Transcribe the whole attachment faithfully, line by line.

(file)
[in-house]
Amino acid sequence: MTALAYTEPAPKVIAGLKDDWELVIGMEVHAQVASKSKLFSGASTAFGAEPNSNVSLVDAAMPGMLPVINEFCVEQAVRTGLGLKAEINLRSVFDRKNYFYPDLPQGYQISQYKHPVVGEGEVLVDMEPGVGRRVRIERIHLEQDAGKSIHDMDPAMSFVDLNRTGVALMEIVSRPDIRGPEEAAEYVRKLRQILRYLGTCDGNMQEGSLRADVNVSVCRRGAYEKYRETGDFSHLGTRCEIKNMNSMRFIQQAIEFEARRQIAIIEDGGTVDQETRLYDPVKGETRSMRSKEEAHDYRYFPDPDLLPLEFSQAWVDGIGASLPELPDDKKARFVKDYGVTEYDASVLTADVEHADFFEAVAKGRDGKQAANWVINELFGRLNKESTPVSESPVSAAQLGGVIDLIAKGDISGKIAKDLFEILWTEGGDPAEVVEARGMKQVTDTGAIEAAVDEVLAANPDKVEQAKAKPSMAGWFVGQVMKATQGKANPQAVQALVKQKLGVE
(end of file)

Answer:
[in-house]
Amino acid sequence: MTALAYTEPAPKVIAGLKDDWELVIGMEVHAQVASKSKLFSGASTAFGAEPNSNVSLVDAAMPGMLPVINEFCVEQAVRTGLGLKAEINLRSVFDRKNYFYPDLPQGYQISQYKHPVVGEGEVLVDMEPGVGRRVRIERIHLEQDAGKSIHDMDPAMSFVDLNRTGVALMEIVSRPDIRGPEEAAEYVRKLRQILRYLGTCDGNMQEGSLRADVNVSVCRRGAYEKYRETGDFSHLGTRCEIKNMNSMRFIQQAIEFEARRQIAIIEDGGTVDQETRLYDPVKGETRSMRSKEEAHDYRYFPDPDLLPLEFSQAWVDGIGASLPELPDDKKARFVKDYGVTEYDASVLTADVEHADFFEAVAKGRDGKQAANWVINELFGRLNKESTPVSESPVSAAQLGGVIDLIAKGDISGKIAKDLFEILWTEGGDPAEVVEARGMKQVTDTGAIEAAVDEVLAANPDKVEQAKAKPSMAGWFVGQVMKATQGKANPQAVQALVKQKLGVE